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WEF: DAOs Can Transform Financial Services

DAOs (Decentralised Autonomous Organisations) can revolutionize financial services and philanthropy, says a report from the World Economic Forum (WEF).

DAOs Can Transform Financial Services.” The WEF makes this claim in a report on these organizations published in collaboration with Wharton Blockchain and Digital Asset Project during its annual meeting in Davos. The Economic Forum notes that the community-oriented and code-based nature of DAOs “may enable them to implement new models of capital allocation and coordination, revolutionizing use cases as diverse as financial services and philanthropy.”

The WEF and DAOs

The WEF states that DAOs, generally run on public blockchains, with their actions and governance encoded in open-source software and enforced through Smart Contracts. Like the rest of Web3, DAOs are a novel and emerging phenomenon. The Economic Forum says DAOs are an experiment in re-imagining how we connect, collaborate, and create.


From finance to social networks to philanthropy, these organizations allow us to re-imagine how we connect, collaborate, and create. However, it also acknowledges that DAOs face significant operational, technical, and governance challenges. Perhaps most acutely, DAOs face a fragmented and uncertain landscape of laws and regulations.

World Economic Forum


The international organization says that by combining recent technological innovations with community efforts, DAOs have the potential to address many of the shortcomings of the traditional enterprise while achieving more equitable governance and operations. DAOs aim to enable communities to achieve their goals while reducing the need for intermediaries or centralized leadership to manage operations.


Collective decision-making

The WEF refers to DAOs as an emerging part of the blockchain ecosystem. Although german CS professor Werner Dilger first theorized DAOs in 1997, they only recently began to grow, doing so very rapidly across all sectors. The agency specifies that DAOs emerged to help manage resources and serve as a mechanism for collective decision-making. They began proliferating in 2020, coinciding with the Decentralized Finance (DeFi) boom.

In 2021 alone, the value managed by DAOs increased 40-fold, from $380 million to $16 billion. The number of participants also increased 130-fold: from 13,000 to 1.6 million. DAOs have gone from theory to practice in less than a decade, increasing across all sectors, says the WEF.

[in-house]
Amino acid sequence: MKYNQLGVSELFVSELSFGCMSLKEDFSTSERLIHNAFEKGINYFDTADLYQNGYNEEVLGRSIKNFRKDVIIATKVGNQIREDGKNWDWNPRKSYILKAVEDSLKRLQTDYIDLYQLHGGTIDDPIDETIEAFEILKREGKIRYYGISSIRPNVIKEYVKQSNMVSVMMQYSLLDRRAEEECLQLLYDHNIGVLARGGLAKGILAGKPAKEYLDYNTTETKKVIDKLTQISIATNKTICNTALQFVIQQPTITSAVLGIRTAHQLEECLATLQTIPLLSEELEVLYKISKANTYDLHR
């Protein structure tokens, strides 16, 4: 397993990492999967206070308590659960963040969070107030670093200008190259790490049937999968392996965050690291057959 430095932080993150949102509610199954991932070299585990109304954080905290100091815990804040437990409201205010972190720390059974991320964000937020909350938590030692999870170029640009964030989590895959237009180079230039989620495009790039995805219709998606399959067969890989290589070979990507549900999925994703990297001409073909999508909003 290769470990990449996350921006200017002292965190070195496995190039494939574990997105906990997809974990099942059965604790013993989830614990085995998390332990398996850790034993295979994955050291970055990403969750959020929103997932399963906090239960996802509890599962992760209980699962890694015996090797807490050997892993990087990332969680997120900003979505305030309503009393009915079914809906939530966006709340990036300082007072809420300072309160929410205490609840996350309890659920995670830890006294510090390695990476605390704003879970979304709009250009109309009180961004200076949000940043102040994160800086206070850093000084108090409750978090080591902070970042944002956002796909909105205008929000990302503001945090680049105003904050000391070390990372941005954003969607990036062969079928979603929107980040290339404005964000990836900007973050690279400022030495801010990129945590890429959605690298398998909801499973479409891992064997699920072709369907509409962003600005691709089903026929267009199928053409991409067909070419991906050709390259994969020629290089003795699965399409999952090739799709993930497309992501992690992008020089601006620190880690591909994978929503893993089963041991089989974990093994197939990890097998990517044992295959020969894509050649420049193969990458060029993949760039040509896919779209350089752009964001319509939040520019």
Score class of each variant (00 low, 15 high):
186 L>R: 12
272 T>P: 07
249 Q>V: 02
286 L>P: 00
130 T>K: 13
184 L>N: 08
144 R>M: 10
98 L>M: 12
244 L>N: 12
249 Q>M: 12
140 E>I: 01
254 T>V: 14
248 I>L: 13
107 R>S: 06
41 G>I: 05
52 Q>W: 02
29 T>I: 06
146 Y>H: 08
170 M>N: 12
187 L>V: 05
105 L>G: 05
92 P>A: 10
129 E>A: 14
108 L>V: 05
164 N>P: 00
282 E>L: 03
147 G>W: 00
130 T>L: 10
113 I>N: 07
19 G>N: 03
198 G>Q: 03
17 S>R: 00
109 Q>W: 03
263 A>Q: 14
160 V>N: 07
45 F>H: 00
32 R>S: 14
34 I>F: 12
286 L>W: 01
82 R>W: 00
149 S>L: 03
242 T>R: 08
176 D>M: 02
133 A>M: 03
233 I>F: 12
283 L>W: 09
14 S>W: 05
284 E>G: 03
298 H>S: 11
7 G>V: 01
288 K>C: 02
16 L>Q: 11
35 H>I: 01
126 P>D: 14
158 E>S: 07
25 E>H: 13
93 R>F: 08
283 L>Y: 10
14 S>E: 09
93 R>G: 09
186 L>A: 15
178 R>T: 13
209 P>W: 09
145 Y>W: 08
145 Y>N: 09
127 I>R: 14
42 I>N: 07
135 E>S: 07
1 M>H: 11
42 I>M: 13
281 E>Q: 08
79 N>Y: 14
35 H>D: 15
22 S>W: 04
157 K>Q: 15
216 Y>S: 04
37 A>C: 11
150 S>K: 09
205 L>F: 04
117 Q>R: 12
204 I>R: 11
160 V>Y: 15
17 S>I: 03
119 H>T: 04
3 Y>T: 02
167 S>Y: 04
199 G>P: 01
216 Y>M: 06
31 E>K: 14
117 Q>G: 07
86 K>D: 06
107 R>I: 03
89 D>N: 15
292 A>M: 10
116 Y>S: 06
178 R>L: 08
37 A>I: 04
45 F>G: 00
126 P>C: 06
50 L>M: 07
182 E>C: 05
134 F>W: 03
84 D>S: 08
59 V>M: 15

Smart Contracts

In terms of how they work, you can use your digital assets to reward or incentivize contributors for various purposes. Smart Contracts can execute actions based on pre-existing parameters, streamlining DAO operations. In addition, he says that the open-source nature of public blockchains and Smart Contract logic allows developers to create or modify DAOs quickly.

The WEF refers to its report as a Decentralized Autonomous Organization Toolkit that assists, evaluates, and governs DAOs. “While advocates project the continued rapid expansion of DAOs, critics see them as temporary. Only time will reveal the results of the DAO experiment, demonstrating if, when, and how DAOs will ultimately have their most significant impact.


DAO, Management, and Politics

We represent an organization as a hierarchical structure where top people make most decisions. Decisions go down through the organization. It is top-down decision-making. What representative democracy inserts in some organizations is that these decision-making positions are periodically renewable, with all those with voting rights within the organization being able to participate in the renewal. Even if we consider the latter as users of the organization, their link with the organization’s results is very indirect, limited to acting as judges of those who occupy representative positions and being able to relieve them if the evaluation of their performance is negative.

Of course, in those organizations that do not operate under the model of representative democracy, such as most of those that act directly in the economy, decisions are taken by the organization’s leaders, leaving the users far removed from the process. Current management practices do not prevent the leaders of these organizations from occasionally demanding users’ participation in important decisions. For example, Musk has debated whether he would continue as leader of Twitter. The users have spoken, but in any case, the ultimate decision is up to Elon Musk himself.

Wealth generation

The DAO is a union of people who seek to fulfill the ideal of governing themselves in an organization that also has to generate profits. To this end, participation in collective decision-making links to financial incentives attached to the organization’s performance. Incentives that, in turn, derive from the benefits obtained by the organization. An organization without leaders, who can make good decisions, tends to favor them by concentrating a large part of the profits or, on the contrary, making bad decisions to the detriment of the organization’s members.

As participation in decision-making takes time and effort, an incentive in the form of shares, however small, of ownership of the organization. Say the organization rewards participation with tokens. Such participants will therefore have a strong interest in having those tokens revalued. The change of value is generally achieved by the economic performance and growth of the organization or, in any case, by the financial markets’ interest in those tokens.

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